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Patent ductus arteriosus is a condition when a naturally forming blood vessel that helps a baby get oxygen from the placenta while in the uterus doesn’t close properly after birth. The ductus arteriosus is open while the baby is in the uterus to keep blood from entering the lungs.
The first cries from a newborn trigger the patent (open) ductus arteriosus to close, a process that takes a few days. In some babies, especially when born preterm, the patent ductus arteriosus can stay open too long and lead to a number of medical conditions.
A large and persistent opening causes a large amount of blood to flow to the lungs. A smaller patent ductus arteriosus may close on its own by a child’s first birthday.
Treatments to close a patent ductus arteriosus include medication, repair via catheter, traditional open surgery and an innovative minimally invasive procedure to implant a small plug in the opening.
The pea-sized plug, called the Amplatzer Piccolo Occluder, is an alternative to heart surgery to close the patent ductus arteriosus. It’s one of many innovative therapies used by the specialists at Norton Children’s Heart Institute, affiliated with the UofL School of Medicine. Once implanted, an interventional cardiologist expands the Piccolo, and eventually tissue grows over its mesh structure.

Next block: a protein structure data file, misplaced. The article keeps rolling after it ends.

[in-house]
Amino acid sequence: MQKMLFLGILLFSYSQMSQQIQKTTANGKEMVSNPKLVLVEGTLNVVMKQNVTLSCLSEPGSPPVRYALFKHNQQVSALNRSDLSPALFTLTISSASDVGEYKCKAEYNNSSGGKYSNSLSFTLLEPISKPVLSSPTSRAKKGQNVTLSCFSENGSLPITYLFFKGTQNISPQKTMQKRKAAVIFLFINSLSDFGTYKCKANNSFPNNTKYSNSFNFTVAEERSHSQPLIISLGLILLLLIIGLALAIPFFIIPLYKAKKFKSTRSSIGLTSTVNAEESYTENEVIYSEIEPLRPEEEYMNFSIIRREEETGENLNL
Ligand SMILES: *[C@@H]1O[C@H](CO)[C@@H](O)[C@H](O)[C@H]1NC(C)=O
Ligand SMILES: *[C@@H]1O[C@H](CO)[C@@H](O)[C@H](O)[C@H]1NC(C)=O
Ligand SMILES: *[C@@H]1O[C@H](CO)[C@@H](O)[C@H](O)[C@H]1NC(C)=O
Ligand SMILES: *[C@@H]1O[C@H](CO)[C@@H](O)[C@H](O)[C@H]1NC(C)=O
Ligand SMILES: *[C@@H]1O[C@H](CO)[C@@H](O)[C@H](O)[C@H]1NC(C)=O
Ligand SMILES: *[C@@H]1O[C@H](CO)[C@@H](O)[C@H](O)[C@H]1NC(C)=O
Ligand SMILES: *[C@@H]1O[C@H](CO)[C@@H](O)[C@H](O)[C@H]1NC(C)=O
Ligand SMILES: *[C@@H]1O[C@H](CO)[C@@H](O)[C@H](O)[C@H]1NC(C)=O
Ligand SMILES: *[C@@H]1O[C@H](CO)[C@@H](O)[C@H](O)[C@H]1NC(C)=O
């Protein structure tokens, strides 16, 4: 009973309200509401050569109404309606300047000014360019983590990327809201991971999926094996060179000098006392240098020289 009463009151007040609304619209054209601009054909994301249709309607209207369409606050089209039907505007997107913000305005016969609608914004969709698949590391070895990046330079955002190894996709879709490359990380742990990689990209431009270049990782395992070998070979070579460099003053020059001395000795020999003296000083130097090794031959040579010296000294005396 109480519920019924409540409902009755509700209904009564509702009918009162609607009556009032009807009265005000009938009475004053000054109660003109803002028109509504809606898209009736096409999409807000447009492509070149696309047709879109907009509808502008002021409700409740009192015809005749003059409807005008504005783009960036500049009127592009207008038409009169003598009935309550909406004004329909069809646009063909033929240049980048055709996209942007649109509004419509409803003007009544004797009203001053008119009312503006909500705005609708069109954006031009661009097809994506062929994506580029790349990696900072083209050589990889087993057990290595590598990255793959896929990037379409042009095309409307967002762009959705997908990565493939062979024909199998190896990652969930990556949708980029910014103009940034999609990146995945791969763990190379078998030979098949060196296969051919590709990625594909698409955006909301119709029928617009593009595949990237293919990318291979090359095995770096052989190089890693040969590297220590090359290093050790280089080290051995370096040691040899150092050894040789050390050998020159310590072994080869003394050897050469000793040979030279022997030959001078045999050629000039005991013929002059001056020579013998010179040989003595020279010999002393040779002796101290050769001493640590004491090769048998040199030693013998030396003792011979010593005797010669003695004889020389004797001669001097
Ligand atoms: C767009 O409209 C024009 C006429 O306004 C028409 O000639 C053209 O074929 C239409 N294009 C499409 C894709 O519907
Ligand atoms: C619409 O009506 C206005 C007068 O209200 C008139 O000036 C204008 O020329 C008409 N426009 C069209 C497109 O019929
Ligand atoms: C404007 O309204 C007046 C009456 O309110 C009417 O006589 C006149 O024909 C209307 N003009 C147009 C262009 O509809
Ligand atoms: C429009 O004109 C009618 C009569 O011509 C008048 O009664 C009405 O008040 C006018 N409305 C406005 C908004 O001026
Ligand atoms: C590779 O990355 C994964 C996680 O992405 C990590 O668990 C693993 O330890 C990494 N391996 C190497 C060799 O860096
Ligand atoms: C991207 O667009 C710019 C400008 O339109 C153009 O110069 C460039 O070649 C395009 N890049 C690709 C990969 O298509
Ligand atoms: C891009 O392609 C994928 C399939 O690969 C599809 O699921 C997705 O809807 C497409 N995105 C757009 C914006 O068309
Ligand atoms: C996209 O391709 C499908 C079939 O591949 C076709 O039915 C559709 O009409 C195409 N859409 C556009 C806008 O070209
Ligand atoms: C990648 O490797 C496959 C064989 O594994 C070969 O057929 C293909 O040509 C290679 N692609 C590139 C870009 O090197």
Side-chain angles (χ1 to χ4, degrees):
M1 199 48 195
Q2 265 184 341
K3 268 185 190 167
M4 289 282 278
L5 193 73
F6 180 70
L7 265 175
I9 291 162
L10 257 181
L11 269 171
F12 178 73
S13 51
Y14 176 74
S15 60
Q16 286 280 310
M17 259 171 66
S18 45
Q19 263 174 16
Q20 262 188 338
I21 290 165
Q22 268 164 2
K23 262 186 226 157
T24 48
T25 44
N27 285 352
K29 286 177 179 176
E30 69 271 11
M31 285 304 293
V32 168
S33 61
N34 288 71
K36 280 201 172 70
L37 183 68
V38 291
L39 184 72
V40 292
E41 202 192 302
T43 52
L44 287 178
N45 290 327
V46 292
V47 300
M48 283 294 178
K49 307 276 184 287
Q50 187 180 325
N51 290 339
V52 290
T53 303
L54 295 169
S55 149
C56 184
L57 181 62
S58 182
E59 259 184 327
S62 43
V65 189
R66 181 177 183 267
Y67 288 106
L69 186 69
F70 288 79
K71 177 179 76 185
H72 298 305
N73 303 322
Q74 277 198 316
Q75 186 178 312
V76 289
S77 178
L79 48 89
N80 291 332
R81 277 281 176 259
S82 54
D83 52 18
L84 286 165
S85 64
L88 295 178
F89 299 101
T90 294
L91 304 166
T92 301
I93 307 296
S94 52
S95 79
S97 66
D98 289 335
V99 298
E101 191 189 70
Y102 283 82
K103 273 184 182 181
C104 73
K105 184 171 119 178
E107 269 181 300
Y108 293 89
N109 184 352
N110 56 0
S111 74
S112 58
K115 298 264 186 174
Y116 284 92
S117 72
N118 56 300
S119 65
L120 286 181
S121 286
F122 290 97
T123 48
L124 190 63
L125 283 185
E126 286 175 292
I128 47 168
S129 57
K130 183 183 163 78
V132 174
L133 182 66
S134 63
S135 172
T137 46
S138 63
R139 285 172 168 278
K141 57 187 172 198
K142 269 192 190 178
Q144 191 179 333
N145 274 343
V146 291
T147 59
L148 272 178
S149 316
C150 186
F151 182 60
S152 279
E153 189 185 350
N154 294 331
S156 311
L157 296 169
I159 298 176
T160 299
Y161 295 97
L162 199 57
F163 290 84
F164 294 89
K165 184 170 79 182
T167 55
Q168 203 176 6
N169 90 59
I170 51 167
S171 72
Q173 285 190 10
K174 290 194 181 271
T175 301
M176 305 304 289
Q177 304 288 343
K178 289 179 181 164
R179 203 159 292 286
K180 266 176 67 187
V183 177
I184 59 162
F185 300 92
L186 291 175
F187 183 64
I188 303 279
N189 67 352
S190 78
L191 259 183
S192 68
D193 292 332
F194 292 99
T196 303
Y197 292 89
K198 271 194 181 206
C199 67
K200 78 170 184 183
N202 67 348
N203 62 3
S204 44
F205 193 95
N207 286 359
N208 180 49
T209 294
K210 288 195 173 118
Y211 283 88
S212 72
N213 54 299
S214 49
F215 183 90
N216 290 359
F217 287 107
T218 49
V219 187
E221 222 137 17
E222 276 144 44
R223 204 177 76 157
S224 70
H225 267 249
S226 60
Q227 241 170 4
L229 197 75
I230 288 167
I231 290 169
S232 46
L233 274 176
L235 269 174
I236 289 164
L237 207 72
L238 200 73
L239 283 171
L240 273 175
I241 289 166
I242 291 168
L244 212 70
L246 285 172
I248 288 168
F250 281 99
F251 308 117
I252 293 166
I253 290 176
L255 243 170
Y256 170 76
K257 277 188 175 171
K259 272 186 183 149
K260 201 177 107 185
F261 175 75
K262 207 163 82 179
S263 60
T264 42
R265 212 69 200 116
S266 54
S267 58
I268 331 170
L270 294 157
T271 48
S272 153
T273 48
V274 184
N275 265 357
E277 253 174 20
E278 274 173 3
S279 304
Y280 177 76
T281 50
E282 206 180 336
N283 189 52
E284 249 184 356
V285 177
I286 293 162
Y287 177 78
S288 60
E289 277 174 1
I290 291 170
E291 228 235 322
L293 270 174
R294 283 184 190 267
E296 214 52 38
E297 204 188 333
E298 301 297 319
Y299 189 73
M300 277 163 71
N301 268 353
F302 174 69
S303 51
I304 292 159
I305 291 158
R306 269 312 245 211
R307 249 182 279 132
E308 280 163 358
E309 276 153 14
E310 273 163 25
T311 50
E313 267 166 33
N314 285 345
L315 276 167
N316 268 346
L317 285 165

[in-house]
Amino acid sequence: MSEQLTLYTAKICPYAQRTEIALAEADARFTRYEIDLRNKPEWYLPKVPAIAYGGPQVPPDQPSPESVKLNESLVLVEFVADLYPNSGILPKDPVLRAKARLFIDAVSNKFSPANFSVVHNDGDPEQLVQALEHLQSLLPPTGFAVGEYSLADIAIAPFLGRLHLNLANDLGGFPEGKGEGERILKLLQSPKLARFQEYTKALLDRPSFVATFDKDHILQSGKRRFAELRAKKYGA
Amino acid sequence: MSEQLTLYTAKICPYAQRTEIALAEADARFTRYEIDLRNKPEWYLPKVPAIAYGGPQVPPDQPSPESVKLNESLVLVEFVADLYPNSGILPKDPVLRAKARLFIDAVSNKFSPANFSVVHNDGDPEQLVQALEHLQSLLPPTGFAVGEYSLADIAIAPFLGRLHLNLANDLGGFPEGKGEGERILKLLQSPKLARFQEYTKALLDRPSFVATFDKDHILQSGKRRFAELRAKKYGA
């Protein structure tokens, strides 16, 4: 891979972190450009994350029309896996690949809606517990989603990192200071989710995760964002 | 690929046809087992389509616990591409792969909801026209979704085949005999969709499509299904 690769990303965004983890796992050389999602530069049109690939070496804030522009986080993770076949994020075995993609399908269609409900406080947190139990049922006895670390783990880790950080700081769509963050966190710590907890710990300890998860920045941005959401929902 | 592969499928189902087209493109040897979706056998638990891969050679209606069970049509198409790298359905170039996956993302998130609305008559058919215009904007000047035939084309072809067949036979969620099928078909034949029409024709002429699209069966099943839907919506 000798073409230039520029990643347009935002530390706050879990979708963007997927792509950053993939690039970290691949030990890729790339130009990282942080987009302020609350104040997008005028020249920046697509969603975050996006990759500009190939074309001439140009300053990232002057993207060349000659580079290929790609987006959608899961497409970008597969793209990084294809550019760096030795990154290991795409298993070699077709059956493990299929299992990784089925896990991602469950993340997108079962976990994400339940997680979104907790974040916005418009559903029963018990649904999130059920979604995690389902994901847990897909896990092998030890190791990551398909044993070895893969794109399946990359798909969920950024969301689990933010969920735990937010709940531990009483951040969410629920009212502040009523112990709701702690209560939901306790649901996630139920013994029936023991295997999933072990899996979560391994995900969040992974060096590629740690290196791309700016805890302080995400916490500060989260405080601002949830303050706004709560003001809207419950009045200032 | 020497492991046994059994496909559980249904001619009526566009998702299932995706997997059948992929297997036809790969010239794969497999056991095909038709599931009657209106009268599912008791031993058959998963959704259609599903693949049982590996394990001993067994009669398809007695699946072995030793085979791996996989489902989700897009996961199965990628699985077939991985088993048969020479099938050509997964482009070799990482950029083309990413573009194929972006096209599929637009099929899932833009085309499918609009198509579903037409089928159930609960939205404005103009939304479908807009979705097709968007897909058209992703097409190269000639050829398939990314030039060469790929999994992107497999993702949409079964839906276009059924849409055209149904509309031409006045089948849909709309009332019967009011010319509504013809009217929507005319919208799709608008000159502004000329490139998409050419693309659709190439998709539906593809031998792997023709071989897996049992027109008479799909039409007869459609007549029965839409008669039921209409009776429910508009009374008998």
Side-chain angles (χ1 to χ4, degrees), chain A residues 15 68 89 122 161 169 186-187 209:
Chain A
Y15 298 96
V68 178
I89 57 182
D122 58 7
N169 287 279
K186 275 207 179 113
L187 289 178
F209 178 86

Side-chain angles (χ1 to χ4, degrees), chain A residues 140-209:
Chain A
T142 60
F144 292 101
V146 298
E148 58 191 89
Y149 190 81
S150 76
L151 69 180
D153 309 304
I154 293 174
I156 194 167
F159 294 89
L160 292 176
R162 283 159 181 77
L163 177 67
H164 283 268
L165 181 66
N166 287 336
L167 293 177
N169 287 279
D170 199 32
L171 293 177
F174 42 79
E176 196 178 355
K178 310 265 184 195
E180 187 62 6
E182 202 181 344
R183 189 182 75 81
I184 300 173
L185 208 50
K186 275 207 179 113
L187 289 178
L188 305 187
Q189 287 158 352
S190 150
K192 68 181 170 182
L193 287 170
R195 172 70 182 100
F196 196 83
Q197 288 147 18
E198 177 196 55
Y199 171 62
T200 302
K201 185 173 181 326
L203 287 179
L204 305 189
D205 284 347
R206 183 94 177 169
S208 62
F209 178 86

More Louisville and Southern Indiana families choose the board-certified and fellowship-trained specialists at Norton Children’s Heart Institute than any other pediatric heart care provider in the area. Treatment is available in Louisville or through a network of diagnostic and treatment services throughout Kentucky and Southern Indiana.
Patent ductus arteriosus is more common in premature babies and affects twice as many girls as boys. It also is common among babies with neonatal respiratory distress syndrome, babies with genetic disorders (such as Down syndrome) and babies whose mothers had rubella (also called German measles) during pregnancy.
Symptoms of a large, persistent patent ductus arteriosus include:
The open blood vessel will be heard as a heart murmur by your child’s health care provider.
Follow-up tests might include a chest X-ray, an electrocardiogram (EKG) to measure the heart’s electrical activity, an echocardiogram that uses sound waves to diagnose heart conditions and blood tests. Other tests may include:
Four treatment options are:
A surgeon will close a patent ductus arteriosus if the opening is big enough that the lungs are becoming overloaded with blood, a condition that can lead to congestive heart failure and pulmonary hypertension.
A surgeon also may close the opening to reduce the risk of developing a heart infection called endocarditis, which affects the tissue lining the heart and blood vessels. Endocarditis is serious and requires treatment with intravenous (IV) antibiotics.